Wadesville Cemetery – Elusive and Remote

There are not a lot of people who have been to this cemetery even if it is the burial place of the honorable Governor Alfred Wade (1811-1878). At least three other members of the Wade family are Trail of Tears survivors. We have a family map describing the brutal, exhausting journey through Arkansas Post in … Continue reading Wadesville Cemetery – Elusive and Remote

Strength of Spirit

Know that we are SURVIVORS and we are UNDAUNTED. When you walk the ancestors’ path and cry their tears… When you see a painting of the Trail of Tears and think about sorrow and tragedy… THINK AGAIN… About all that our ancestors achieved. About the amazing legacy they have left us. How proud we are … Continue reading Strength of Spirit

The Great Medal Chiefs of Yesteryear

Among the Choctaw were men of power and wisdom, often great warriors but also great statesmen. They bargained as equals with the giant empires of Spain, France, Great Britain, representatives of the American colonies, and lastly, the fledgling nation of the United States. They became men of legend, the Great Medal Mingos of the Choctaw … Continue reading The Great Medal Chiefs of Yesteryear

My Tryphena – A Love Song

Singing a love song for all of us today and sending out a reminder that love can be found anytime and anywhere. This blog is about a sweet Choctaw wild rose. Beauty beyond compare. The fairest maiden in all of the Choctaw lands - with a shining spirit to match her countenance. Her epitaph on … Continue reading My Tryphena – A Love Song

1838 Meteor Storm

Witnesses began calling the event "The Night the Stars Fell". The year was 1838. In the early hours of November 15th, a meteor shower streaked through the heavens. In a world lit only by fire, the night times were pitch-black inkiness, even in the cities, except for a few precious candles. On clear winter nights, … Continue reading 1838 Meteor Storm

Nothing Lost: Enduring Spirit of the Choctaw

There is the waking world and the world of dreams. In my waking world, as I read about my Choctaw ancestors in the early years, I imagine the good lives of these simple Choctaw people, lives that have almost faded beyond our ken as time takes us further and further away from this era. These … Continue reading Nothing Lost: Enduring Spirit of the Choctaw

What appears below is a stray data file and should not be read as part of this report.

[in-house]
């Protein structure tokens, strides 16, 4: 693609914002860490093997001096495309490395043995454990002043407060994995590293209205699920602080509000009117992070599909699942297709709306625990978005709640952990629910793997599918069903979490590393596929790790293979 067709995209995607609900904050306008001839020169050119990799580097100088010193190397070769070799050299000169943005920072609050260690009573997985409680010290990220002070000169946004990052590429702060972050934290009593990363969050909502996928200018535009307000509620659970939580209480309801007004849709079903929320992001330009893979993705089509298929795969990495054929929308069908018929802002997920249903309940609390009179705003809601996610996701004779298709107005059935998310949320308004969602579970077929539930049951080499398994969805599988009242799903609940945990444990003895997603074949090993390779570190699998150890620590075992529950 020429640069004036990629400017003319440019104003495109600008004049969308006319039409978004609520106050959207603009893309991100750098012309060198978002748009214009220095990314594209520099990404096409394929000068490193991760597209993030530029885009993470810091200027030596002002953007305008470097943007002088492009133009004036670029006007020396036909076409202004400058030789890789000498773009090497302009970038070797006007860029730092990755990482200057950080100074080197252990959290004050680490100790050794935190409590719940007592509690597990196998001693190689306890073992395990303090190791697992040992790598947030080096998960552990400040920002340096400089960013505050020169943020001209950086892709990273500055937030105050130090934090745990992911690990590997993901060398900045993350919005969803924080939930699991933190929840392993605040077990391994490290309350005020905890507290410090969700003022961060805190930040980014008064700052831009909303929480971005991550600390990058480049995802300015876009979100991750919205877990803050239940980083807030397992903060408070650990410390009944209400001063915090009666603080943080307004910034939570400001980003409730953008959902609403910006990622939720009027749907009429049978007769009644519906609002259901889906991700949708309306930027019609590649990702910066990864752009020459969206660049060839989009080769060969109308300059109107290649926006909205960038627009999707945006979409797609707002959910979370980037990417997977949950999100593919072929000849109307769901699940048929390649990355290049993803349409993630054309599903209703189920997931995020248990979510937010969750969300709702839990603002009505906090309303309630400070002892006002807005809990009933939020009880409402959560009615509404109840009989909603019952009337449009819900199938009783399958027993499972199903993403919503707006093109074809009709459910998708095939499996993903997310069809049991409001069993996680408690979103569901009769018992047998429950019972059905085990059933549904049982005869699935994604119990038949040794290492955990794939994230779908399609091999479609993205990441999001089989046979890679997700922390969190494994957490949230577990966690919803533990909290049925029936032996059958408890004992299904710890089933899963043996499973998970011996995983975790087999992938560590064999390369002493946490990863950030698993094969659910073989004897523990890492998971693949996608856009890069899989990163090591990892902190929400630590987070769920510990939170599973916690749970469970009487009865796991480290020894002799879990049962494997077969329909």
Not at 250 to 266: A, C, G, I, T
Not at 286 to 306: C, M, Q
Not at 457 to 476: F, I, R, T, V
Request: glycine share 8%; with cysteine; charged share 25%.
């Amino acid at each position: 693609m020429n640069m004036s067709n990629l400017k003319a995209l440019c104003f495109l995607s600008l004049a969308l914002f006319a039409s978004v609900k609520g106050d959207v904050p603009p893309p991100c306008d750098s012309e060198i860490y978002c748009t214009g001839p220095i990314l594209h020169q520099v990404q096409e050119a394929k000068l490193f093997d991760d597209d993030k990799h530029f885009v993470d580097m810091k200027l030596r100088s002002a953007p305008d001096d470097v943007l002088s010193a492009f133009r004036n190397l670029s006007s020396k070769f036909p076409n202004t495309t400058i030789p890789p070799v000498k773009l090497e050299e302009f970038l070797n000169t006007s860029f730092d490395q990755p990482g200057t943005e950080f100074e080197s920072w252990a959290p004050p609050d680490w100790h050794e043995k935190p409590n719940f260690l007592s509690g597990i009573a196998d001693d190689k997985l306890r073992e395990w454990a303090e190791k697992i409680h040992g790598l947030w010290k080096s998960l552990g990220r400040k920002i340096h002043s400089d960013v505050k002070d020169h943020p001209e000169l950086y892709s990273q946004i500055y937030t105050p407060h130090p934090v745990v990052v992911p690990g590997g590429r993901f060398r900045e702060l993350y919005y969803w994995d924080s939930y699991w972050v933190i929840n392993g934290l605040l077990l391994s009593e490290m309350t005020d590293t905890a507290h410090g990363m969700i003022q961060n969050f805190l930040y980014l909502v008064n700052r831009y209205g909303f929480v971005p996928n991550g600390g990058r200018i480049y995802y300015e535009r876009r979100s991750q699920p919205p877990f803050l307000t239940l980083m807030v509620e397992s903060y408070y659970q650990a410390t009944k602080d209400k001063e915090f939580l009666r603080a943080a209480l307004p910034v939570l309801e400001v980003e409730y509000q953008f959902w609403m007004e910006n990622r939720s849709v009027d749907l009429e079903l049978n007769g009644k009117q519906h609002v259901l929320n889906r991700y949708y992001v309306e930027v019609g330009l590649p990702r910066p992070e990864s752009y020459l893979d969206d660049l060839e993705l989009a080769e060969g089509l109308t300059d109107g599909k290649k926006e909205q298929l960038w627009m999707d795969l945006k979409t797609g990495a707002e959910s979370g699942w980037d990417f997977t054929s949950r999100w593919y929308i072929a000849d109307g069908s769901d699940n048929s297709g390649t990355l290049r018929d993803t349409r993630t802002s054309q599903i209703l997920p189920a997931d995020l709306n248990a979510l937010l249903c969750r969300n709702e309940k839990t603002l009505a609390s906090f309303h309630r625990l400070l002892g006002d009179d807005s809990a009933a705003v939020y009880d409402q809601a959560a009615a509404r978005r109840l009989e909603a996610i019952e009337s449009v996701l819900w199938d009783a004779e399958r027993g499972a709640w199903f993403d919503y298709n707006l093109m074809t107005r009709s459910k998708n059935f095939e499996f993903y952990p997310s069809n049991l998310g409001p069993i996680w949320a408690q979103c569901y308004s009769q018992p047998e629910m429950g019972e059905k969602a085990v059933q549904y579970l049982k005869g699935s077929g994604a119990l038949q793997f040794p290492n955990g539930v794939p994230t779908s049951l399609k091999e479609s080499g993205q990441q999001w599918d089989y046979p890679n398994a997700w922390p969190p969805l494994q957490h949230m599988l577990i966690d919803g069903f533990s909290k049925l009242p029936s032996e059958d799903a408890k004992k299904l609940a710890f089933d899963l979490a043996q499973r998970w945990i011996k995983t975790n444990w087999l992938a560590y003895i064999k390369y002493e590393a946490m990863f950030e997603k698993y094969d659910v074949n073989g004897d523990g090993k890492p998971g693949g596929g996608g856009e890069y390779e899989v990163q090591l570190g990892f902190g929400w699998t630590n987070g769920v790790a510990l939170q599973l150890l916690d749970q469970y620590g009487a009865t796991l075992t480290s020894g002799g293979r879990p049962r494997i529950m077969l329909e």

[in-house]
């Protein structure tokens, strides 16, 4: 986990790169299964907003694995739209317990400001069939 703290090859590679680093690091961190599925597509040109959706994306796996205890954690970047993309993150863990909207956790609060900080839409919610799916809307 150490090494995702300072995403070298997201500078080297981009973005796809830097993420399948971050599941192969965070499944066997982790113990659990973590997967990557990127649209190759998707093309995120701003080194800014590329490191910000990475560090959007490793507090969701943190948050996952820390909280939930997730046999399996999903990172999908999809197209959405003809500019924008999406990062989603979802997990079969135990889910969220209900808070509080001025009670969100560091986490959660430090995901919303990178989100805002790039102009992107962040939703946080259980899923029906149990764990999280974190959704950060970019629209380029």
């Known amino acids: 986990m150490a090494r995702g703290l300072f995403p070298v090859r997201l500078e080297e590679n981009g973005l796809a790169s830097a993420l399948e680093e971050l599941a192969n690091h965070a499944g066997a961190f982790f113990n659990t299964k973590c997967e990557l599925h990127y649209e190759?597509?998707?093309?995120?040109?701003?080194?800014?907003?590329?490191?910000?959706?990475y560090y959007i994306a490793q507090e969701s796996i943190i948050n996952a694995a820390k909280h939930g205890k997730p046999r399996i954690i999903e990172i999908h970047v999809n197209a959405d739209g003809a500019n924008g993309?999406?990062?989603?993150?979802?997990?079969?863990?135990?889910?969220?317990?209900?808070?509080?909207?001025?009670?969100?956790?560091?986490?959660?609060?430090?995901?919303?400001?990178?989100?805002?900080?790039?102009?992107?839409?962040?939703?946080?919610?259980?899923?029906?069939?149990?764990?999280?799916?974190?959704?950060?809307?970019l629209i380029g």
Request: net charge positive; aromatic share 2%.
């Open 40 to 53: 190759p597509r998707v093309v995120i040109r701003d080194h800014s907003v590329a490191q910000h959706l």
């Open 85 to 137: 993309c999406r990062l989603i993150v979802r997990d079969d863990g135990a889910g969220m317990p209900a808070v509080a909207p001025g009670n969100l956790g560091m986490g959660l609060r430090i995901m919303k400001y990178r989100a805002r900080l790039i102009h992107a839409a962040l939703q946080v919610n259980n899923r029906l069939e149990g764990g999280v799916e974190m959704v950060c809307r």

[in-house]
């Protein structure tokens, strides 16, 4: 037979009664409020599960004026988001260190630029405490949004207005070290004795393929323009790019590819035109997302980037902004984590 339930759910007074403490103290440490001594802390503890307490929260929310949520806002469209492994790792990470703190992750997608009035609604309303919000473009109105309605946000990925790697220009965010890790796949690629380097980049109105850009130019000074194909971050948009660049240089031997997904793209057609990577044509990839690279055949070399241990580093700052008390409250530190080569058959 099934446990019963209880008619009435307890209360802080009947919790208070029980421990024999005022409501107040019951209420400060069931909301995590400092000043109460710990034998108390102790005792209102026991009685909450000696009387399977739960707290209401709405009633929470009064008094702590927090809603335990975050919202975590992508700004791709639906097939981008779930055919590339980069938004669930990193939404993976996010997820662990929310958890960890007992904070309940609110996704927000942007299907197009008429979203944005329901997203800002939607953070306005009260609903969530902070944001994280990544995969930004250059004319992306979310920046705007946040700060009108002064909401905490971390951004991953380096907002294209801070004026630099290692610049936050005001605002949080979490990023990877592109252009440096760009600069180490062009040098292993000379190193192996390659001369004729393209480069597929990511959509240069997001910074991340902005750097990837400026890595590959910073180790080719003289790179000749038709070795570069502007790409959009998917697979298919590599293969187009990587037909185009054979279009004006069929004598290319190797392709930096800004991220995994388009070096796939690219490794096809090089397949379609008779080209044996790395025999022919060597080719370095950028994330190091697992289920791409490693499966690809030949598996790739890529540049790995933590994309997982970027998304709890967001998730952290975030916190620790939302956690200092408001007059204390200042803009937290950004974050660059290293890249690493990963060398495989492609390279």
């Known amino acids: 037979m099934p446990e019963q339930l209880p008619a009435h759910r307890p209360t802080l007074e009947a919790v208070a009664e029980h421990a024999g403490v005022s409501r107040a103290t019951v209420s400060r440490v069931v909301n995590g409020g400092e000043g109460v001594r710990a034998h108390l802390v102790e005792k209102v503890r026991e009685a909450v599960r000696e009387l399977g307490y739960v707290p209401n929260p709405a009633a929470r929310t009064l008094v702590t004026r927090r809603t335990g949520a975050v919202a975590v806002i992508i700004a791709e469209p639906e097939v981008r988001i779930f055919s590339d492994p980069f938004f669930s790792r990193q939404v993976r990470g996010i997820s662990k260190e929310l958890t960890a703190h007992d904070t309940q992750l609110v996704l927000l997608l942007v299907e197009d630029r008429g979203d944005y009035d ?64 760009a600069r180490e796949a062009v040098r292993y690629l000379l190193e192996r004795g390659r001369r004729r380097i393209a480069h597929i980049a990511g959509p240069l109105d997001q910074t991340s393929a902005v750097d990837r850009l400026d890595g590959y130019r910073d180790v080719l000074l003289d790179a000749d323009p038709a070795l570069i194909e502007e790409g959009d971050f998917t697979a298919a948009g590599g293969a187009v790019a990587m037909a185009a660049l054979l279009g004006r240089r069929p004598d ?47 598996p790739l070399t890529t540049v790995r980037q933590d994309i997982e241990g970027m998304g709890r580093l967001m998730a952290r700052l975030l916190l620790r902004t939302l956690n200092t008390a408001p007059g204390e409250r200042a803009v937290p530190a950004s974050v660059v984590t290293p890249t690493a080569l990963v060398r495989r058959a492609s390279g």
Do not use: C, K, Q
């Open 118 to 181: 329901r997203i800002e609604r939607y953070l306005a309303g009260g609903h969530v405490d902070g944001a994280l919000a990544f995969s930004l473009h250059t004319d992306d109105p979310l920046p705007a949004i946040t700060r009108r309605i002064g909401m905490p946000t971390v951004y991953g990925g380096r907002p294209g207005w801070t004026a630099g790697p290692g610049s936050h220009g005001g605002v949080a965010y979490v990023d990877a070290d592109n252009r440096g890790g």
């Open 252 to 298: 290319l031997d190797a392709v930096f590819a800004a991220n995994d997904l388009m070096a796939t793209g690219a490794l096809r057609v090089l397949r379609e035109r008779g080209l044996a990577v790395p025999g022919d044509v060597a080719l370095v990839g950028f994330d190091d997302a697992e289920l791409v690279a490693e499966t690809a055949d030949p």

The 1843 Choctaw Almanac

An almanac is a publication with a calendar for the upcoming year, particularly in terms of weather, astronomy and meteorology. The most well-known example in our modern era is the Farmers Almanac. Another famous example from colonial times is Benjamin Franklin’s Poor Richard's Almanack. First published on December 19, 1732 under his pseudonym of Richard … Continue reading The 1843 Choctaw Almanac

The Wedding Gift

Choctaw brothers and sisters -  join me on a trip back to the late 1800s to visit a young orphan, one of many orphaned children in those days. This young orphan had in his family tree, both the celebrated Choctaw-French LeFlore family, and also the patriarch of the Spring family who was an officer in … Continue reading The Wedding Gift

Choctaw Academy – The Great Experiment

From its inception in 1825, the Choctaw Academy was the great hope of the Choctaw leaders. It had never been done – creating a great school of learning for Native American children, by the tribes themselves, was a true visionary act on the part of the Choctaw leaders.  They could have asked for much material … Continue reading Choctaw Academy – The Great Experiment

Remembering The Good Times

Friends and Community – never have these two words seemed so treasured as right now. Perhaps it is just the current times we live in, but rarely have I read an old story that resonated so truly with me.  I have not heard of Henry G. Rind before now, but apparently he was an early … Continue reading Remembering The Good Times

The Indian Peace Medals

It seems like the stuff of dreams – to actually receive a silver medal from a U.S. President or even a foreign King. In the 1700s and early 1800s, there were many Native American Chiefs who had that experience. For most, that medal became part of their ceremonial garb, a personal treasure that they would … Continue reading The Indian Peace Medals

Atoka in the Early Days

In September 1872  the M.K.&T. railroad had arrived in Atoka County, making its  current terminus at the tiny town of Atoka. Right off the bat the people of Atoka had an uphill battle in getting people to pronounce and spell the name of their town. What was the town called?  Was it "Ar-tok-a," or "Ah-tok-a," … Continue reading Atoka in the Early Days

The Four Daughters of Choctaw Chief B.F. Smallwood

A basket of valentines to our four lovely ladies in this blog. Through the mists of long-ago years, I retrieved the names of Chief Smallwood’s daughters: Mary Jane, Lorinda, Amelia, and Elmira. All except the youngest daughter, Elmira, were born before the Civil War in the old Kiamitia County. Chief Smallwood married his second wife, … Continue reading The Four Daughters of Choctaw Chief B.F. Smallwood

Superintendents of Wheelock Academy

Thinking of Wheelock Academy this morning  as Pushmataha Hall is draped in fresh snow. For its students, it was a tough life at times, burdened down with tedious chores and a new language. But it was also the birthplace of great friendships and memories. Historic names have stepped into leadership roles at Wheelock.  Besides its … Continue reading Superintendents of Wheelock Academy

Trader V. B. Tims of Doaksville

Who was V.B. Tims? We all remember the name DOAK - a name that is ingrained into our Choctaw culture for many reasons. It was Doak's Stand where the hotly-disputed Treaty of Dancing Rabbit was signed in 1830, calling for the removal of the Choctaw Indians. It was the man Josiah S. Doak who in … Continue reading Trader V. B. Tims of Doaksville